During Your Pregnancy

After your first visit, which is generally the longest and most comprehensive, you will have regular visits with your primary physician. While the schedule of visits can be individualized to your particular situation, we generally recommend seeing you once a month for the first two trimesters (until 28 weeks), then every two weeks until the last month. At that point, we will see you weekly until your baby is born. In the third trimester, you will have an opportunity to meet the other physicians prior to your anticipated labor and birth.

At each visit, we will weigh you, take your blood pressure, listen to your baby’s heartbeat (by the end of the first trimester), measure your uterine growth (after 20 weeks), help you with any problems or symptoms you are having, answer any questions you have, and let you know what to expect until your next visit. There are some recommended standard tests along the way, and some tests that may be individually necessary or optional. We will inform you about any plans you should be making (for pediatric care, hospital pre-registration or childbirth classes) and forewarn you about any concerning symptoms you should watch for. We invite you to make a list of any questions you wish to discuss. If you have a question or concern, please call our office or e-mail us at: This e-mail address is being protected from spambots. You need JavaScript enabled to view it . If you have an emergency, there is someone available 24 hours a day---please call us at 729-6300 for true emergencies. We appreciate your consideration in consulting the information we have provided you to try to answer routine questions before calling after hours.

What are the lab and other tests I’ll have done?

After your first visit labs and first ultrasound, the option of the First Trimester Screen (FirstScreen, Nuchal Translucency Screen) will be discussed with you. This is an optional specialized ultrasound test done at a Perinatal Diagnostic center, which helps screen for your baby having any increased risk of chromosome problems, such as Down Syndrome. There are pros and cons of pursuing this test, and those will be discussed with you at your first visit. This test is generally done between 11-1/2 and 13 weeks. A simpler optional test, the Quad Screen, also helps to screen for these issues and this can be discussed with you. This involves a blood test on you between 15-18 weeks. Some situations may necessitate discussion of more invasive tests if you wish a more accurate diagnosis in specific instances.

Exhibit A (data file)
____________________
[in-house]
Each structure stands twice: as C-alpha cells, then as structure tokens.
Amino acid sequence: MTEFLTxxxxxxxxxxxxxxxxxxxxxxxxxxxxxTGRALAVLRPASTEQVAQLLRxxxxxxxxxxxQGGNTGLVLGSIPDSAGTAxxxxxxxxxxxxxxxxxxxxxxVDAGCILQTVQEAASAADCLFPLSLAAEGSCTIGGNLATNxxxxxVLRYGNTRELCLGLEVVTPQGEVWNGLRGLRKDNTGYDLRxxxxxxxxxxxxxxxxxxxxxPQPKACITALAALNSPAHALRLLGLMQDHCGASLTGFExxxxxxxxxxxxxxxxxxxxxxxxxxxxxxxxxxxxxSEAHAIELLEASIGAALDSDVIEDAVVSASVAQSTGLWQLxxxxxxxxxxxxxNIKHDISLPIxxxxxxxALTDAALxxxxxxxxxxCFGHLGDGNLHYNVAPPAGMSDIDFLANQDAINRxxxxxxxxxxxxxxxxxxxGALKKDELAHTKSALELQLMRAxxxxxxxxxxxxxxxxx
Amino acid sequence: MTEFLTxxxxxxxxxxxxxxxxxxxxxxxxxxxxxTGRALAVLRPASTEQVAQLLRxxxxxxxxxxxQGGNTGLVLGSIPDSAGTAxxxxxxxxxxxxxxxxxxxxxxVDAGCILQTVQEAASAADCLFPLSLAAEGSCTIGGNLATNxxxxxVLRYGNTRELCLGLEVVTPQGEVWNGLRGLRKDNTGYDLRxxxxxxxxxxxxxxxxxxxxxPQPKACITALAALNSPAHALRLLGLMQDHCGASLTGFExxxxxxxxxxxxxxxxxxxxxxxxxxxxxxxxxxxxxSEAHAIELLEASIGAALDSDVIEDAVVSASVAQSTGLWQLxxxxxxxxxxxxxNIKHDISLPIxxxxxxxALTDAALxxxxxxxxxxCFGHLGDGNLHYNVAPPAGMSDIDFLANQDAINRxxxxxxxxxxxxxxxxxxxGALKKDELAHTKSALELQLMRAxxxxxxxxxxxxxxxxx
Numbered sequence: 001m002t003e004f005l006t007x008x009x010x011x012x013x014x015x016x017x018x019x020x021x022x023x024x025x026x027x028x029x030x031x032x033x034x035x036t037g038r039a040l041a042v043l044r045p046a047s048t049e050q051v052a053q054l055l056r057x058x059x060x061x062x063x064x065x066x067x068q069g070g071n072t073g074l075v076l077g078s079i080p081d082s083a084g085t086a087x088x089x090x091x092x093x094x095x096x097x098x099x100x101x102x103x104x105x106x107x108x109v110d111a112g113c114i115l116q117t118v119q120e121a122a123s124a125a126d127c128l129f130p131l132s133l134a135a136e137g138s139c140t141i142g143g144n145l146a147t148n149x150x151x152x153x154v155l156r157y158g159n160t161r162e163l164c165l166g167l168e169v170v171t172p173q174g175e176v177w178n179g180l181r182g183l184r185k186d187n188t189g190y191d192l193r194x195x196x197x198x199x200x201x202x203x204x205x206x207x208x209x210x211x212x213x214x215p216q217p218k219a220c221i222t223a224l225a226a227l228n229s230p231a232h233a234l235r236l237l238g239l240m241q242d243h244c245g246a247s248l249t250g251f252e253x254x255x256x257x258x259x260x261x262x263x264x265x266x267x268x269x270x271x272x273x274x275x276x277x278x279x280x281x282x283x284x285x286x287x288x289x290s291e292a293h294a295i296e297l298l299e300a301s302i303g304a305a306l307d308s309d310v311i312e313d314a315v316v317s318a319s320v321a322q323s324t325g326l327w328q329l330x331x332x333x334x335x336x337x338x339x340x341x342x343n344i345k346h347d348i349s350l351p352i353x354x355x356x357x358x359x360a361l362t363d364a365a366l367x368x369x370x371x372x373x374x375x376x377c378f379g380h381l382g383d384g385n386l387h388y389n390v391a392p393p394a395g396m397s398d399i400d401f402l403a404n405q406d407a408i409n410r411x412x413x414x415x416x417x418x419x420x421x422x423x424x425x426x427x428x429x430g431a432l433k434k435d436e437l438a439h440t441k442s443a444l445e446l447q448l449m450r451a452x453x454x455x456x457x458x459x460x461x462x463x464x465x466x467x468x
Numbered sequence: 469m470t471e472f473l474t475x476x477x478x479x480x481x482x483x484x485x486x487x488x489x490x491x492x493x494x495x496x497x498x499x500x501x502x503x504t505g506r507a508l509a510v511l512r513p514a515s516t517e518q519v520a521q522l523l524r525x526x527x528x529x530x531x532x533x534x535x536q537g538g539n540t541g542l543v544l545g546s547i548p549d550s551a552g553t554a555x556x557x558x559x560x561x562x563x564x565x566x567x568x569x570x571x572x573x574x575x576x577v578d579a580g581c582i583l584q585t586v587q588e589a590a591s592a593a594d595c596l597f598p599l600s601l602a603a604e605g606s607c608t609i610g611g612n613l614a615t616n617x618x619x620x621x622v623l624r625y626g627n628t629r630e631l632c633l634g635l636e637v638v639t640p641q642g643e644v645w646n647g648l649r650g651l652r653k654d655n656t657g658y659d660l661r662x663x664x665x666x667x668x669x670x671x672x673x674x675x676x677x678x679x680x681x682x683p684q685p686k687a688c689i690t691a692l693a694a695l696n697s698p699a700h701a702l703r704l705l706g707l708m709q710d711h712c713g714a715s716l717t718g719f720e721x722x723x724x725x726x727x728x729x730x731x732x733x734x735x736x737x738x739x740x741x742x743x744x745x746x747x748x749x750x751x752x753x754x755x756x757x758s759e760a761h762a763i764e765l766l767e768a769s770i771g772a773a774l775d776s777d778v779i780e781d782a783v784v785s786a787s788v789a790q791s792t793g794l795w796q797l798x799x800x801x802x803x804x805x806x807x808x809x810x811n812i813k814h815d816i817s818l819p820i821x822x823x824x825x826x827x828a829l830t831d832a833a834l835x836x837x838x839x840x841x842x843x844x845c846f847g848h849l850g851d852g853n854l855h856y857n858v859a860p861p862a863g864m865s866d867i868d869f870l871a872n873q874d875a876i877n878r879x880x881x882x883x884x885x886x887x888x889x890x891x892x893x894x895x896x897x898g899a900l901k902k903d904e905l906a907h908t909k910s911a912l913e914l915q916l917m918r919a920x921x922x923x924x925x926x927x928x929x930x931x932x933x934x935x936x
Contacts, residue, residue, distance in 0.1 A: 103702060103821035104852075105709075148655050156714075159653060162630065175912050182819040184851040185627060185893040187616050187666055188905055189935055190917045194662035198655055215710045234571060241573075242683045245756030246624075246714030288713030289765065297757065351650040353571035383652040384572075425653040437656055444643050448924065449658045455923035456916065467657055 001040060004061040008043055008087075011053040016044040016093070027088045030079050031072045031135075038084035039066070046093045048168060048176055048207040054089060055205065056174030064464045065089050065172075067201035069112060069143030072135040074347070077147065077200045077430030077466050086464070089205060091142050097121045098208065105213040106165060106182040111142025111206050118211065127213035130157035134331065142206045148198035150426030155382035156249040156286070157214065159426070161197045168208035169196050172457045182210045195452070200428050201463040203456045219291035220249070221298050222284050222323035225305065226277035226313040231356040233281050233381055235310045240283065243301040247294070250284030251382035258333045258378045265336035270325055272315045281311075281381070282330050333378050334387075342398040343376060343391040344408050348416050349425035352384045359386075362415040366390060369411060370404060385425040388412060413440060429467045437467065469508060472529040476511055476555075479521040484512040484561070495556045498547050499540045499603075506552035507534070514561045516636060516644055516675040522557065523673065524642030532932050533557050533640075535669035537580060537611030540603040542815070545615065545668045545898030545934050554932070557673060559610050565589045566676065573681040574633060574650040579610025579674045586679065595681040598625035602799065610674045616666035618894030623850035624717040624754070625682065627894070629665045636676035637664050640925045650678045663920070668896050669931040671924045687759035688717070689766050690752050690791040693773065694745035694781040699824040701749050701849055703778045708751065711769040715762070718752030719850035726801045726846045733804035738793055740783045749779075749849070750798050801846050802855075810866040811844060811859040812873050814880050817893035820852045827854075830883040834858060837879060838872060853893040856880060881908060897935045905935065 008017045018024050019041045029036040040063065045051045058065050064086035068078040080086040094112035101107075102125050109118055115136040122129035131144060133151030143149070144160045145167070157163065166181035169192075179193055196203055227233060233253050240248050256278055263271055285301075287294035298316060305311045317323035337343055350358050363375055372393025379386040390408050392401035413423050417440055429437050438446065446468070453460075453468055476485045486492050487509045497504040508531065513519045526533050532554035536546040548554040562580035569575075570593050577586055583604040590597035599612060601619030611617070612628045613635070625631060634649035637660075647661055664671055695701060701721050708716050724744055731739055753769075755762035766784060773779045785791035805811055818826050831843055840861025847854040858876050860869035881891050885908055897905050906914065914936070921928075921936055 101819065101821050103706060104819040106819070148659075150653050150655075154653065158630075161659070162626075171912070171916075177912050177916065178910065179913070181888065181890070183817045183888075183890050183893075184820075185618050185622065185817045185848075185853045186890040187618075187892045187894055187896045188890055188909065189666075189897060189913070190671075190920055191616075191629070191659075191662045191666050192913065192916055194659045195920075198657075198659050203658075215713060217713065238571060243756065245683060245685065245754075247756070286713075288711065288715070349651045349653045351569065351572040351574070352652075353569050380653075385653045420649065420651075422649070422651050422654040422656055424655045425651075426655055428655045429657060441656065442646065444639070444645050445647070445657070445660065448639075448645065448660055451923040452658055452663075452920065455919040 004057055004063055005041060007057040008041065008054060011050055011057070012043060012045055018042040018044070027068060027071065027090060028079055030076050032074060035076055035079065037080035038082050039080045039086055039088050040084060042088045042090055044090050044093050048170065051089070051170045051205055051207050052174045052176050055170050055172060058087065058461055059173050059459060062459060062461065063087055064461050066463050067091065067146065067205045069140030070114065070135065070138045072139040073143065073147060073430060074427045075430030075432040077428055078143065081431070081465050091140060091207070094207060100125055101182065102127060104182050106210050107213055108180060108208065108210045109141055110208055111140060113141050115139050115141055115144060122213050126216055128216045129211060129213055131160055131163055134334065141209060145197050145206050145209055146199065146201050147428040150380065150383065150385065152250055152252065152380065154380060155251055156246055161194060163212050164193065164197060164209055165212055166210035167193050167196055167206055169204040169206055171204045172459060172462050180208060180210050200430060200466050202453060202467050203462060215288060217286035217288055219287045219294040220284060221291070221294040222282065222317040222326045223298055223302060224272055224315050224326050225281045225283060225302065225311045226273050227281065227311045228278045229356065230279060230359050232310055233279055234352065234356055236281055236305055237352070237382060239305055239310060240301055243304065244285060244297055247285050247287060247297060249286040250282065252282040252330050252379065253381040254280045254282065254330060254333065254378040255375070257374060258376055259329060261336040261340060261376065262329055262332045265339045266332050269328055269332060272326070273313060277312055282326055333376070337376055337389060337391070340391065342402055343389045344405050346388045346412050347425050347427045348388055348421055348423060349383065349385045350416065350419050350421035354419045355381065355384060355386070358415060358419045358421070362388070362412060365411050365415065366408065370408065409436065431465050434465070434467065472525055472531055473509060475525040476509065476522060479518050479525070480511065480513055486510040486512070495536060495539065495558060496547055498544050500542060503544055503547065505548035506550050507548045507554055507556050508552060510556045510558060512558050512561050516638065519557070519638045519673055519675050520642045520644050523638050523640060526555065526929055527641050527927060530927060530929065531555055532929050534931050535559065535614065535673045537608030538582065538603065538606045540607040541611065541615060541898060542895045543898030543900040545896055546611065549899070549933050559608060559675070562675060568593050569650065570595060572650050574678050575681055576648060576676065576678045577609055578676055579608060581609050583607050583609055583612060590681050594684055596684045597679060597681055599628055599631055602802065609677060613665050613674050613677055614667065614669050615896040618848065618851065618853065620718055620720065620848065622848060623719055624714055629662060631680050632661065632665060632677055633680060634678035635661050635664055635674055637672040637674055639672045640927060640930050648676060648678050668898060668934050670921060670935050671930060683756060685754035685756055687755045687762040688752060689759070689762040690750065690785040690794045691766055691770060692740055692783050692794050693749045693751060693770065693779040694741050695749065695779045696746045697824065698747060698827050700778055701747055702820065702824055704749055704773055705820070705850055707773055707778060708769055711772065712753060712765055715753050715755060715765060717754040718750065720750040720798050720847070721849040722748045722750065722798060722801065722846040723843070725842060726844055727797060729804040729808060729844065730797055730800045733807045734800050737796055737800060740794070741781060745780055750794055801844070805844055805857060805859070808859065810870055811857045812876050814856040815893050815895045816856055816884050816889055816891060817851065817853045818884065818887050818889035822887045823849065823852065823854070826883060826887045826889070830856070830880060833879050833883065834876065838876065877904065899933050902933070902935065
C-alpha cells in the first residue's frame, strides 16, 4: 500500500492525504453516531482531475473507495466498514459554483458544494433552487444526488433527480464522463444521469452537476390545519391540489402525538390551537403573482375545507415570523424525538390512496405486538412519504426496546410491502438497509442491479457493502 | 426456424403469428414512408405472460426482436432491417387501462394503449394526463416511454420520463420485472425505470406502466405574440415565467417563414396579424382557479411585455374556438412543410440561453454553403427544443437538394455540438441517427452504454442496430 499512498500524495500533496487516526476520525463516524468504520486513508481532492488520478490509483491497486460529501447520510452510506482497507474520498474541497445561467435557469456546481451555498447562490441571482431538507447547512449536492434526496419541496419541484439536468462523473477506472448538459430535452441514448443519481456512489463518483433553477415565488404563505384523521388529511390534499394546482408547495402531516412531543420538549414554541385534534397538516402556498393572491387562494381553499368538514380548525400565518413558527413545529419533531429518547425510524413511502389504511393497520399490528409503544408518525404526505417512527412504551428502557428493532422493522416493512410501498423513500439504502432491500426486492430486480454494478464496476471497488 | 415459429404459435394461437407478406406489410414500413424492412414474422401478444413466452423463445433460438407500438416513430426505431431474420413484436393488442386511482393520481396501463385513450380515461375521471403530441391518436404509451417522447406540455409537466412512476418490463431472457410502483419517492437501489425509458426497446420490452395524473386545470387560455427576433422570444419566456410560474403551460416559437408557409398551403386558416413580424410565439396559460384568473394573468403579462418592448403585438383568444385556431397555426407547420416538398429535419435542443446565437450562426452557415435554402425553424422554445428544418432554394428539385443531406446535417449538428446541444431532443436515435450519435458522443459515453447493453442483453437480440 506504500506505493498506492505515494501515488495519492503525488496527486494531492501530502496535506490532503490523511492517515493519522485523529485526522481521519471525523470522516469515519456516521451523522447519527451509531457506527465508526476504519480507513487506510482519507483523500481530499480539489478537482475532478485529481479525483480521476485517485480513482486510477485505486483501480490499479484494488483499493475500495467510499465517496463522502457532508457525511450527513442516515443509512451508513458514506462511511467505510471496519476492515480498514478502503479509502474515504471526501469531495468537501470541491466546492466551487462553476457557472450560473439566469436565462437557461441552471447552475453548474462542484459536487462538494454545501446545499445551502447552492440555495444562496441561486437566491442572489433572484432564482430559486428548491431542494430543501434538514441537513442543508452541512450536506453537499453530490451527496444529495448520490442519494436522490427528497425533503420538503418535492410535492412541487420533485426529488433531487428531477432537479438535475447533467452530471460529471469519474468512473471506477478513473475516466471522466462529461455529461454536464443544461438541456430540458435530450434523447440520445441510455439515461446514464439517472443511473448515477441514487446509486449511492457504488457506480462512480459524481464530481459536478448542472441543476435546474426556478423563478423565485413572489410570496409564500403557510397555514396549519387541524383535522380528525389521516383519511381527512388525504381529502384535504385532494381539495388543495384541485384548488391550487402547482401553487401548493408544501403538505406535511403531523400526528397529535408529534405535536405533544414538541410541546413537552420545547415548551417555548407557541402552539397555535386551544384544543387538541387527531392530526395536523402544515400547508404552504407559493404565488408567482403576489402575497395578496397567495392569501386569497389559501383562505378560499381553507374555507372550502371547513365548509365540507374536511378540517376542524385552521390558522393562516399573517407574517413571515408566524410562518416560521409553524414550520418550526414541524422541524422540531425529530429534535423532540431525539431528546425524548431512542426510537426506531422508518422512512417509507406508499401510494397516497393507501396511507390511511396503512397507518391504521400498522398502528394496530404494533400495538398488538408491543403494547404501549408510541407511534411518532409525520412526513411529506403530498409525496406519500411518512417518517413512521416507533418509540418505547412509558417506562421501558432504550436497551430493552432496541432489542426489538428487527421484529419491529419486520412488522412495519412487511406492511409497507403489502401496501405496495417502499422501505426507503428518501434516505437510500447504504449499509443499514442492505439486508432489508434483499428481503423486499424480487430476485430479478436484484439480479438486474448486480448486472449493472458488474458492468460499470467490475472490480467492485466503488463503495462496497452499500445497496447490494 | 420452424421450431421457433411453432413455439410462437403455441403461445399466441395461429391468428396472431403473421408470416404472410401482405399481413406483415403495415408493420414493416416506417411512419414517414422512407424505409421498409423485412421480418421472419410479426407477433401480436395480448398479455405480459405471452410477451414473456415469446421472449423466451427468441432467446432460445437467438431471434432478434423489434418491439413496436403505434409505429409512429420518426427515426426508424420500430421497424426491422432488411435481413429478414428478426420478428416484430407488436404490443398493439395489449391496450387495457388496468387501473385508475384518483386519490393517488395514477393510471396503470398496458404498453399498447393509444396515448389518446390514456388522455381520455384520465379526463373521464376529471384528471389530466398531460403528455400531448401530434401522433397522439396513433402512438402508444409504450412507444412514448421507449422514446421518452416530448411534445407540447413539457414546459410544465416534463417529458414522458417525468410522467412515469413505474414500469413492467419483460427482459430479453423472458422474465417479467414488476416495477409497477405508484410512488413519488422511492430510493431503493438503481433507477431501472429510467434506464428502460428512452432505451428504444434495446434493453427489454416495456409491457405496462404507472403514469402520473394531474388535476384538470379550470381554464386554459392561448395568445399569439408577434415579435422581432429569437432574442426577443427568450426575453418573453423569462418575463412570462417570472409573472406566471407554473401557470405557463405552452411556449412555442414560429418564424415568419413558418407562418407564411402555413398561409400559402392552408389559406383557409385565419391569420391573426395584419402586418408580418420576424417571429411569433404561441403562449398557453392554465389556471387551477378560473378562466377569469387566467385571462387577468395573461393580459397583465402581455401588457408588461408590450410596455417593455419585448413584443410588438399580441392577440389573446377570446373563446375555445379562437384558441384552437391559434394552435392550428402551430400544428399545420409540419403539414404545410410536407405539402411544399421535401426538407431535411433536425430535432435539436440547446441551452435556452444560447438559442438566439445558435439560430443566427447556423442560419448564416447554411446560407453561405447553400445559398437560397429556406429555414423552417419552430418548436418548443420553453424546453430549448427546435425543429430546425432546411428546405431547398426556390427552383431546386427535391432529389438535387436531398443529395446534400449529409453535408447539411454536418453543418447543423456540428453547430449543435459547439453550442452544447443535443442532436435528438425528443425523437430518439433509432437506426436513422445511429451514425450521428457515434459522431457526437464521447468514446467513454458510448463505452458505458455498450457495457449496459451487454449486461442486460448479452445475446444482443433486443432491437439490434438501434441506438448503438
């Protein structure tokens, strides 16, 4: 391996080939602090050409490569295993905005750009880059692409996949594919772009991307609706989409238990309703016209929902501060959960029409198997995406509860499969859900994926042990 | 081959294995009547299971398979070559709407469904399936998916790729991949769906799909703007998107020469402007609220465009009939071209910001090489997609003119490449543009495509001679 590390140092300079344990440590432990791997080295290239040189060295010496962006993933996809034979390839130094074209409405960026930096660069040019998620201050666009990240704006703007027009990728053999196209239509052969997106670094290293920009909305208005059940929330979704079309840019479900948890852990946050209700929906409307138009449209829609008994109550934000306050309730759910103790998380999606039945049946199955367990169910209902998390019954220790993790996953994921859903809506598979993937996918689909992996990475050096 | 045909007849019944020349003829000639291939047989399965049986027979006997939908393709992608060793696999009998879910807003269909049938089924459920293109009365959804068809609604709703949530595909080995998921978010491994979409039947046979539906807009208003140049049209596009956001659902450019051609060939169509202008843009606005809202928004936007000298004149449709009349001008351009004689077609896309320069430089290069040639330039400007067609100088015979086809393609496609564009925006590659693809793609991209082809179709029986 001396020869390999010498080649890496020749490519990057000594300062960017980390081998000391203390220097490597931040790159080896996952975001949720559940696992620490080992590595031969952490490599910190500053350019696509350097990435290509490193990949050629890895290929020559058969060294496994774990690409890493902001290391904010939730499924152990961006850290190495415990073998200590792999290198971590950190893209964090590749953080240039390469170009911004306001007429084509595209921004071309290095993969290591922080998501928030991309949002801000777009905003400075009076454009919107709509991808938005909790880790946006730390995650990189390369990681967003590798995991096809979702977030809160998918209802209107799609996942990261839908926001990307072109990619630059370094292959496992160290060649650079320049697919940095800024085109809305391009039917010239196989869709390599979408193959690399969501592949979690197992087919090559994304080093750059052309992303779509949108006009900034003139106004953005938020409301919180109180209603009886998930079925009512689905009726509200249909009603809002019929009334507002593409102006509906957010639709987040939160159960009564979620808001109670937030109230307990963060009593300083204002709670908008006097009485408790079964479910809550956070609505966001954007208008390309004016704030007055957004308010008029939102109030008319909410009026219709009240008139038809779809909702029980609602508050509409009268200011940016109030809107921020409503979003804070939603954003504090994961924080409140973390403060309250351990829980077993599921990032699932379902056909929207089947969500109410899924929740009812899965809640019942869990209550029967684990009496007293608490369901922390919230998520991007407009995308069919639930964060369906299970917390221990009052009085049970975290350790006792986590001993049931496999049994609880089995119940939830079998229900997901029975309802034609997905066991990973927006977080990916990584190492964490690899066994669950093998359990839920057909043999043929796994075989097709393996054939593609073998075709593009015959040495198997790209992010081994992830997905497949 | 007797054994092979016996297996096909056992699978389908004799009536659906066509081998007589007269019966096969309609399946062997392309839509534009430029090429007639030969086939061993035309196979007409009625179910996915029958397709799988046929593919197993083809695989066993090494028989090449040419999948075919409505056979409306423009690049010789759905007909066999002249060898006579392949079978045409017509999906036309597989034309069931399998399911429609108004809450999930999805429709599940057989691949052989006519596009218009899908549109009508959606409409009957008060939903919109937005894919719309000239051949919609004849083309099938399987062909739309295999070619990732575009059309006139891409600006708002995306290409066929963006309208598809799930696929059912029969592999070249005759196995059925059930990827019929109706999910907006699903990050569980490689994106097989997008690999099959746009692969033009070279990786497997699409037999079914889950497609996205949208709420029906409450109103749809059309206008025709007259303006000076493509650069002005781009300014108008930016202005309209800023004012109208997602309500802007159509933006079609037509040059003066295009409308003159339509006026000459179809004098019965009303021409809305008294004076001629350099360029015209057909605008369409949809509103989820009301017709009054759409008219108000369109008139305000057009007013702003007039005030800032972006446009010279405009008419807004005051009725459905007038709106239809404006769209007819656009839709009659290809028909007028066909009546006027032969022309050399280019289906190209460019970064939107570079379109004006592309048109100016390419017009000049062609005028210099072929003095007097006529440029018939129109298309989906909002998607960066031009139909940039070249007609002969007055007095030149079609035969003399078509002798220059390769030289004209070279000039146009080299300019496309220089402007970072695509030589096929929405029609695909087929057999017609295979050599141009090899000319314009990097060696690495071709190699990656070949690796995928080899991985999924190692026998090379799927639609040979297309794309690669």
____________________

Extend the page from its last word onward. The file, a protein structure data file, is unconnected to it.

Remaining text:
You will be screened for anemia with blood tests a few times during your pregnancy. Between 24-28 weeks (or earlier if at risk), you will be screened for Gestational Diabetes, a temporary condition that generally occurs in the latter part of pregnancy and can generally be treated with exercise, a structured eating plan, careful blood sugar monitoring, and sometimes medications. This is done with a blood test drawn an hour after you drink a controlled amount of glucose. About a month before you are due, you will be screened with a vaginal swab for Group B Streptococcus. This is a normal vaginal bacteria that can put your baby at risk during labor and birth. You may have urine tests during the end of your pregnancy, to check for protein or infection. Other tests are done as needed, based on your individual situation and risks.

Will I have any more ultrasound tests?

Regarding ultrasounds, a confirming ultrasound is generally done by your doctor at your first visit. The First Trimester Screen will be discussed with you and may be done at the hospital based on your risks and wishes. An Anatomy Screening Ultrasound will be offered you at 20 weeks, also at a hospital location (they have improved technology for these detailed scans.) This ultrasound is helpful in assessing any anatomy issues your baby may need to be watched for, and can help localize the placenta for any delivery concerns. Other ultrasounds are usually done on an “as-needed” basis. Certain conditions of pregnancy may require repeated ultrasounds. Please ask us if you have questions about any ultrasounds.